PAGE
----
First steps in Android programming

Last week I finished my first Android application. All through the development stage I had to Google a lot for examples which some were really hard to find (even though you can find reference for everything in the SDK, for me, it's easier to understand from a code sample).

My mobile company allows you to send 10 free daily SMS through their website, and after that each text message is still half priced, so I decided to take a challenge and create a UI that allows me to send my messages from the phone through the website automatically.

The core of my software was pure java, so even though it wasn't straight forward to accomplish, I kinda know the material.

The main issues were after – when I got to the android implementation and UI

Here are the issues I needed, and will supply examples for in this post:
(Of course – for you that are more experienced than me with Android development, please forgive if I'm not doing everything 'by the book', it's simply what I could find. So if you have any suggestions or improvement please send them to me or post a comment J )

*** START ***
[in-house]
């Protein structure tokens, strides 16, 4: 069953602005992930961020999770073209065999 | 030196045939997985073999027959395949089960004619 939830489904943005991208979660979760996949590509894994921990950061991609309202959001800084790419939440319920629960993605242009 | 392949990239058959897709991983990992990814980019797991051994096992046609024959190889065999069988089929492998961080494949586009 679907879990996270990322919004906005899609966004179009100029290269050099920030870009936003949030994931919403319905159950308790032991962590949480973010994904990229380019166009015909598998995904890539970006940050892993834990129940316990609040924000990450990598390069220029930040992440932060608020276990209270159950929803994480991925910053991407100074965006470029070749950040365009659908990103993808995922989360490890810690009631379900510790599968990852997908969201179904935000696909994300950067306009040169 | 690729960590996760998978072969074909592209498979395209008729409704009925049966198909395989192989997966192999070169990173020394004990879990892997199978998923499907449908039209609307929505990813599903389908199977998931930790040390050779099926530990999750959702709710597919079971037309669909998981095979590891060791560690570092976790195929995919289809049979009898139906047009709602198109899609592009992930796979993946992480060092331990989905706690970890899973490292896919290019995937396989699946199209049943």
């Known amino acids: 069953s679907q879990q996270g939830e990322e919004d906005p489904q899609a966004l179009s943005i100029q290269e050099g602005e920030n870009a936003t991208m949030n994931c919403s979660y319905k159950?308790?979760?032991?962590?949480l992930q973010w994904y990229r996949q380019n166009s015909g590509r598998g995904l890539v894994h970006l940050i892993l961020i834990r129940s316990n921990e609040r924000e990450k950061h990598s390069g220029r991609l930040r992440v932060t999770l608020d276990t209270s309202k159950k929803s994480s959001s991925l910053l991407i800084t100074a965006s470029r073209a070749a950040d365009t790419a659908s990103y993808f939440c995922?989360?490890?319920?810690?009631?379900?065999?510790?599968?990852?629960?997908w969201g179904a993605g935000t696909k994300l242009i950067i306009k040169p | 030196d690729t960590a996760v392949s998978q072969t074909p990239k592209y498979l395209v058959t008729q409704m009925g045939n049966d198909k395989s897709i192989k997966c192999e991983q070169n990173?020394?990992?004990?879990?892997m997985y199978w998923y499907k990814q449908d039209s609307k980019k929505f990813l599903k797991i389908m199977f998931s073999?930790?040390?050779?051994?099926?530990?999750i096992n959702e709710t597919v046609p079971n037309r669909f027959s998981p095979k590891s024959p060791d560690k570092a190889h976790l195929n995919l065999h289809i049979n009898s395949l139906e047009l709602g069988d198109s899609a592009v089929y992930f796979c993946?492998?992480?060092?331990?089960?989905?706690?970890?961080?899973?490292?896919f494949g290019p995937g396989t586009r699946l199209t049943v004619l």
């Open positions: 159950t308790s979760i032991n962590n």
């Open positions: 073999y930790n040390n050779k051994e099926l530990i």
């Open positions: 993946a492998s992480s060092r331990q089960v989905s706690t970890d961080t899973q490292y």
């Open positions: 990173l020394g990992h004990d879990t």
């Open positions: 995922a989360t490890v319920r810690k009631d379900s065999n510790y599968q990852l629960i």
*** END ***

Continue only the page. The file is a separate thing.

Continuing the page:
• How to find out if there is an active network on the device
  • How to create options menu
  • How to create and clear notification in the notification area
  • How to declare your program as "SMS Sender" ('Complete action using…')
  • Taking care of orientation (Landscape and Portrait mode for UI)

Here is the code I ended up using. Hope you find it helpful
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Advanced topics in 3D game building [w/ code, video]

snails_3dHi

The graphics course I took at TAU really expanded my knowledge of 3D rendering, and specifically using OpenGL to do so. The final task of the course, aside from the exam, was to write a 3D game. We were given 3 choices for types of games: worms-like, xonix-like and lightcycle-like. We chose to write our version of Worms in 3D.

I'll try to take you through some of the problems we encountered, the decisions we made, and show as much code as possible. I'm not, however, gonna take you through the simple (yet grueling) work of actually showing meshes to the screen or moving them around, these subjects are covered extensively online.